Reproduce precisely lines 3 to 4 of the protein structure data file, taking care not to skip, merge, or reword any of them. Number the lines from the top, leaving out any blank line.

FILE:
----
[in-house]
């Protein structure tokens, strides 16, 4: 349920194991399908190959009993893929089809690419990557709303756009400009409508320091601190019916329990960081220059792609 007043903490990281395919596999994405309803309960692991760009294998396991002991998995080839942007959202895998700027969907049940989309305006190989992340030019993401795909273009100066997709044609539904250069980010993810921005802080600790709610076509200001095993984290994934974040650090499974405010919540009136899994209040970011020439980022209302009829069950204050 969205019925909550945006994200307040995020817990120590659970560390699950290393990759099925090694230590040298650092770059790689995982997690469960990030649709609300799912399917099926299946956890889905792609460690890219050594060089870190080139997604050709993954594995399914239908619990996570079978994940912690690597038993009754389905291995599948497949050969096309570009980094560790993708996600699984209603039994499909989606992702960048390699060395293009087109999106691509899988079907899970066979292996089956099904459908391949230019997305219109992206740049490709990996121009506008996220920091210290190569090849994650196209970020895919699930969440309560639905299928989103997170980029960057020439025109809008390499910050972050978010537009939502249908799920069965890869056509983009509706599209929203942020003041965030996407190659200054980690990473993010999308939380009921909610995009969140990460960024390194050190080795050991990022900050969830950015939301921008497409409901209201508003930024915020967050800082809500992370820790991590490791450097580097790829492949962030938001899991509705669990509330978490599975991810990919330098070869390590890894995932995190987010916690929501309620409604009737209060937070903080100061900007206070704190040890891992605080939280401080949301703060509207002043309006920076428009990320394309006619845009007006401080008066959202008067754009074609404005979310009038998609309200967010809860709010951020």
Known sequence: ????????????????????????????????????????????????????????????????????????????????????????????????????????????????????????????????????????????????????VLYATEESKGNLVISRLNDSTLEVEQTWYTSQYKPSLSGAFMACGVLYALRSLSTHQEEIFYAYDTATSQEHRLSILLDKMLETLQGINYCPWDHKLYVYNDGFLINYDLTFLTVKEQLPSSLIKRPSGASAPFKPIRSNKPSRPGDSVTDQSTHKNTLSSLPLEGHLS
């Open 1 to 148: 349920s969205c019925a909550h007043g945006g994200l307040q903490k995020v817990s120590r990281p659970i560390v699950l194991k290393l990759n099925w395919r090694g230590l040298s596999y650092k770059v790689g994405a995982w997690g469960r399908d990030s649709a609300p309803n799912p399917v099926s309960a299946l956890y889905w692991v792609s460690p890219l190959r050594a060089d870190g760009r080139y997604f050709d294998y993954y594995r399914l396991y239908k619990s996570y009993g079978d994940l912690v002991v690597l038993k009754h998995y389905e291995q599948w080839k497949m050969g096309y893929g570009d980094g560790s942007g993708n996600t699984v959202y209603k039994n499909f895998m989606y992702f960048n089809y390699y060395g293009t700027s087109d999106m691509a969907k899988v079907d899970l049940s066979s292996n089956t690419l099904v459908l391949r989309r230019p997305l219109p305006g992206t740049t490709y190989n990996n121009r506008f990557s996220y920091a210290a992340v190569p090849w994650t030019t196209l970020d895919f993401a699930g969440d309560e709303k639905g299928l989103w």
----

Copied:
Known sequence: ????????????????????????????????????????????????????????????????????????????????????????????????????????????????????????????????????????????????????VLYATEESKGNLVISRLNDSTLEVEQTWYTSQYKPSLSGAFMACGVLYALRSLSTHQEEIFYAYDTATSQEHRLSILLDKMLETLQGINYCPWDHKLYVYNDGFLINYDLTFLTVKEQLPSSLIKRPSGASAPFKPIRSNKPSRPGDSVTDQSTHKNTLSSLPLEGHLS
């Open 1 to 148: 349920s969205c019925a909550h007043g945006g994200l307040q903490k995020v817990s120590r990281p659970i560390v699950l194991k290393l990759n099925w395919r090694g230590l040298s596999y650092k770059v790689g994405a995982w997690g469960r399908d990030s649709a609300p309803n799912p399917v099926s309960a299946l956890y889905w692991v792609s460690p890219l190959r050594a060089d870190g760009r080139y997604f050709d294998y993954y594995r399914l396991y239908k619990s996570y009993g079978d994940l912690v002991v690597l038993k009754h998995y389905e291995q599948w080839k497949m050969g096309y893929g570009d980094g560790s942007g993708n996600t699984v959202y209603k039994n499909f895998m989606y992702f960048n089809y390699y060395g293009t700027s087109d999106m691509a969907k899988v079907d899970l049940s066979s292996n089956t690419l099904v459908l391949r989309r230019p997305l219109p305006g992206t740049t490709y190989n990996n121009r506008f990557s996220y920091a210290a992340v190569p090849w994650t030019t196209l970020d895919f993401a699930g969440d309560e709303k639905g299928l989103w």